WICKER PARK — Moving on from selling magazines on corners, some top Streetwise vendors are selling fruit from carts.
According to the Streetwise-affiliated group behind the effort, the produce stands "are a practical answer for two of the top issues facing Chicago: unemployment and access to healthy foods."
A bonus for the vendors: the job pays better than selling magazines — between $9 and $11 per hour for a 40-hour workweek — said Jim LoBianco, executive director of StreetWise, a work force development agency that focuses on putting the homeless, or those at risk of homelessness, to work.
Half, or 15, of those carts will be in "food deserts," as required by an amended city ordinance introduced in June that opened up opportunities for moveable outdoor fruit stands and served as the impetus for Neighbor Carts.
The program launched its first Neighbor Cart in June at Ashland Avenue and Division Street in Ald. Joe Moreno's 1st Ward and grew to eight carts, in such neighborhoods as Little Village and Uptown.
LoBianco said the program recruits vendors within StreetWise, and externally, with partners such as Thresholds and The Night Ministry, two social service organizations.
Neighbor Cart founder John Piercy said Neighbor Capital supplies the fruit, with vendors keeping the difference between the wholesale cost and what they can sell it for. If the vendor does not sell all the fruit, they are not stuck with paying for it, he said.
Neighbor Capital makes money by marking up the cost of the fruit distributed to vendors, and it is looking to add advertising signage to the carts, Piercy said.
Every morning, each cart is delivered fully stocked from a commissary in North Lawndale to the selling locations, said Piercy.
Though the fruit is sourced from the Chicago International Produce Mart, LoBianco said the program is in "active conversation with urban farms in the tri-state area" to offer locally grown fruits.
LoBianco said Neighbor Carts "follow a traditional street-vending model that allows vendors to set prices based on the market and the community they're in."
For example, a vendor can bundle fruit. If three bananas are sold for $1 in the morning, a vendor might choose to sell five bananas for that same amount in the evening, said LoBianco.
"They make 100 percent of profit off retail sales. The profit they make working on the cart goes into their pocket," Piercy said.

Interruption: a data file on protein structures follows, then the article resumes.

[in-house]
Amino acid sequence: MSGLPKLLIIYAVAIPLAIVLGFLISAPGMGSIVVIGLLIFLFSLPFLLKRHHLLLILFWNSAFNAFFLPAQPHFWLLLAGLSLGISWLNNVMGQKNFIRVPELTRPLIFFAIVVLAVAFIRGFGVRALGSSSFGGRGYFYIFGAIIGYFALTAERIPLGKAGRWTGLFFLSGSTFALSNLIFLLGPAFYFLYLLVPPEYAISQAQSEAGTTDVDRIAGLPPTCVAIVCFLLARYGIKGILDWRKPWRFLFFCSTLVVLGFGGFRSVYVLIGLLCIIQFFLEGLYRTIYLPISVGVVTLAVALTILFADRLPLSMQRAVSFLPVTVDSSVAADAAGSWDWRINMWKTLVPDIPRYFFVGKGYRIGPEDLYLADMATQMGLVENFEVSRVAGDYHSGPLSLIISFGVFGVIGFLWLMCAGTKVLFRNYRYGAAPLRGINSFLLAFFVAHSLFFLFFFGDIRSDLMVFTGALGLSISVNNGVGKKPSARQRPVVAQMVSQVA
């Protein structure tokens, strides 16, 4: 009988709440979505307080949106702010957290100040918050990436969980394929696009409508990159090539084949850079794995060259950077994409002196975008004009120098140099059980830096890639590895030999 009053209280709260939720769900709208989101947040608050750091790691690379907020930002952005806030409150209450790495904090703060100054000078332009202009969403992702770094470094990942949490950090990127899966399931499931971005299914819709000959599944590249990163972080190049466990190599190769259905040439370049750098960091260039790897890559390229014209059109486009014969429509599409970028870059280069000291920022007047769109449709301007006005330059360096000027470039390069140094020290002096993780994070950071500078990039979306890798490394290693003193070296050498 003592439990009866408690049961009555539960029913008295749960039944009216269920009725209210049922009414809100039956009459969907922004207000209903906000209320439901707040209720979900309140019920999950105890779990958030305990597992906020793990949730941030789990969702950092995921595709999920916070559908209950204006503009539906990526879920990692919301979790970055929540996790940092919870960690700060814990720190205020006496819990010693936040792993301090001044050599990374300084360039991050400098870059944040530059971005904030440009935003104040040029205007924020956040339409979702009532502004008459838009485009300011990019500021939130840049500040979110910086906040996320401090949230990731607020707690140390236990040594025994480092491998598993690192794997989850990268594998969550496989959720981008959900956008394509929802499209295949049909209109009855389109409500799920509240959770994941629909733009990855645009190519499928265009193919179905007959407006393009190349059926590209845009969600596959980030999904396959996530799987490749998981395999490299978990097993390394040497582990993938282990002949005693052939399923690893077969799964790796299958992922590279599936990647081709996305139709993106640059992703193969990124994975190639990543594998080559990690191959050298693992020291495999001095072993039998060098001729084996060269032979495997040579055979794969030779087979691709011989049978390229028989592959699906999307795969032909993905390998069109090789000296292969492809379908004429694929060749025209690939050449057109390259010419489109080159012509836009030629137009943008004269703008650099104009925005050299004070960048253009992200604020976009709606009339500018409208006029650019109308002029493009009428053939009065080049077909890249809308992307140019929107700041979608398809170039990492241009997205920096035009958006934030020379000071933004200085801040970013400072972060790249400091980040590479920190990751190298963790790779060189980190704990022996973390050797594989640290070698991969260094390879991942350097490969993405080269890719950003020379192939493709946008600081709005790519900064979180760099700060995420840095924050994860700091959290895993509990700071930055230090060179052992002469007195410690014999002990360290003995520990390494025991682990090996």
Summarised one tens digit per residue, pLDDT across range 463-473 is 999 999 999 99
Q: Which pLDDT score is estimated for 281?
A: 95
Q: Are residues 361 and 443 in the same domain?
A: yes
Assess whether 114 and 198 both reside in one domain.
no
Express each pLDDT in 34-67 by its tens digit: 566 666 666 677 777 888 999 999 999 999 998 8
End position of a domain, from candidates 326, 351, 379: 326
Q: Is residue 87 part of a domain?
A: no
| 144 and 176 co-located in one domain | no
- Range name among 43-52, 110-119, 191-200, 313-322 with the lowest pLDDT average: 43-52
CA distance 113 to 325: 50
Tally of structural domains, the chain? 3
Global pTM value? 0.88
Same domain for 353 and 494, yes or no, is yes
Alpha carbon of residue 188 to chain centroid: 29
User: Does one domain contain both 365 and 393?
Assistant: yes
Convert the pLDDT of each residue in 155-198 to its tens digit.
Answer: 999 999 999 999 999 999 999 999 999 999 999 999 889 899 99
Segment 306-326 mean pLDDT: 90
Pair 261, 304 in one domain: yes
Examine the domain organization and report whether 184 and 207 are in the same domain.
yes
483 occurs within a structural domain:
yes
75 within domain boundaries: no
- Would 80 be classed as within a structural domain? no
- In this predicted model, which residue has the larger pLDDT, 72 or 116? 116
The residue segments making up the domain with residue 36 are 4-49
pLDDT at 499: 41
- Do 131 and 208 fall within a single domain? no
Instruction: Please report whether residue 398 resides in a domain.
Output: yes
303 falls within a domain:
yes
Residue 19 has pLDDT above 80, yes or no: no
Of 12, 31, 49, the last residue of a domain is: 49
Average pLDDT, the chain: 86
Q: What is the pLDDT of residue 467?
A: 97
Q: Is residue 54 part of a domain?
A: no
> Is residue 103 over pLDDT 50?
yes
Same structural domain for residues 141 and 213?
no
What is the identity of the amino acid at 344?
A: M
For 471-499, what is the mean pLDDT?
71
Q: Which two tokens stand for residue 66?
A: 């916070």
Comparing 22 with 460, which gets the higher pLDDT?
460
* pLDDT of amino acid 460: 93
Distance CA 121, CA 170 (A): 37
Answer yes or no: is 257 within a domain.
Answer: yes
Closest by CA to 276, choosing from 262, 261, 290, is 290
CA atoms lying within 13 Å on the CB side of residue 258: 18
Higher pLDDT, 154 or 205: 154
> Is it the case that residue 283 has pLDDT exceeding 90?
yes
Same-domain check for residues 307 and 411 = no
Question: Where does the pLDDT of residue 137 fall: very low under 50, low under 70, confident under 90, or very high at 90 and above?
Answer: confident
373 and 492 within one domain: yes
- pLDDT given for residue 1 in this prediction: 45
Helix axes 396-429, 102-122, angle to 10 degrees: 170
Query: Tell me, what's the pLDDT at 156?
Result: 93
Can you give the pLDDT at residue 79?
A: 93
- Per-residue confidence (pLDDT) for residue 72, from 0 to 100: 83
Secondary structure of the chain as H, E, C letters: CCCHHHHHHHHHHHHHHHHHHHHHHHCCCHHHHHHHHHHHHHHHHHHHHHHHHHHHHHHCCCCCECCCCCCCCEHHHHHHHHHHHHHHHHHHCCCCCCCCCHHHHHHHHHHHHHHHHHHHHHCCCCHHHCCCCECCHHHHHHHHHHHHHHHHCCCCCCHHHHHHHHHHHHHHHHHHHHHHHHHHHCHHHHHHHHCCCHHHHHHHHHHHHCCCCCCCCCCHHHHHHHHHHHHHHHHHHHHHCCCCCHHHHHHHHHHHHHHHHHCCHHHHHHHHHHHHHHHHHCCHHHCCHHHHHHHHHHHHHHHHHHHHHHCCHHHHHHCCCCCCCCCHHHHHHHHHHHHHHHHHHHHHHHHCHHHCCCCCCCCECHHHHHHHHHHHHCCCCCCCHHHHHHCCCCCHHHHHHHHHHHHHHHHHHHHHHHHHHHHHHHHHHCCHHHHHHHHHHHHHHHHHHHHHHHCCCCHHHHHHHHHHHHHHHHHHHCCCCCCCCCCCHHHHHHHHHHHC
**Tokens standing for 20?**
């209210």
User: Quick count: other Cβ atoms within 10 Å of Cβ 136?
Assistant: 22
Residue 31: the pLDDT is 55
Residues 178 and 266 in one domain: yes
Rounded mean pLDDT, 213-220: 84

While vendors make "significantly more money" selling fruit than StreetWise, LoBianco said that the produce program has a much higher level of screening and an aptitude test for vendors. Selling StreetWise magazines is "a no-barrier program" for anyone who wants to work.
LoBianco said Neighbor Cart training includes 40 hours in the classroom and two weeks of supervised on-the-job training, followed by a probationary period.
LoBianco said StreetWise just finished training a second class of fruit cart vendors, and the next class in May is booked. A waiting list already has formed.
Matt Bailey, a spokesman for Moreno, said that the alderman "worked with StreetWise and city departments to make this idea a reality."
"We're proud that the first cart is in the 1st Ward. We think it'll prove to be a shining example of free-market capitalism working benevolently," said Bailey.
On Tuesday, a nurse was eyeing strawberries at a fruit cart parked in front of the Damen Blue Line "L" stop as a businessman pulled out his ear buds long enough to ask vendor Anthony Weston, "How much is that pineapple?"
The $2 price turned out to be right, and the businessman left with pineapple, while the nurse, Felicia Conley, headed home with a bag of strawberries and cucumbers purchased from Weston, who sells grapes, bananas, apples, mango and other raw, uncut fruits at a new stand.
"I think this is nice. It's a great thing," Conley said of the fruit stand operated by Neighbor Cart and manned by Weston.
Weston — who said he's previously peddled socks, T-shirts and umbrella hats — took a risk by leaving a five-year gig selling StreetWise magazines Downtown to become a Neighbor Cart vendor.
Since opening his cart Thursday, Weston said, "Business has been good."
"Selling fruit and showing people that they can eat healthy is what it's about. I'm trying to get a good clientele, a nice crowd," Weston said.
Weston said it's too soon to say whether he prefers selling fruit to StreetWise, though he observed that "The people of Wicker Park are very polite."
While Wicker Park is certainly not a "food desert," Piercy said the other component of the program is "creating opportunity for health and wellness. All carts are creating jobs."
Though hours of operation vary at each location, what's consistent is the business model.
Click here for a map of where to find a Neighbor Cart.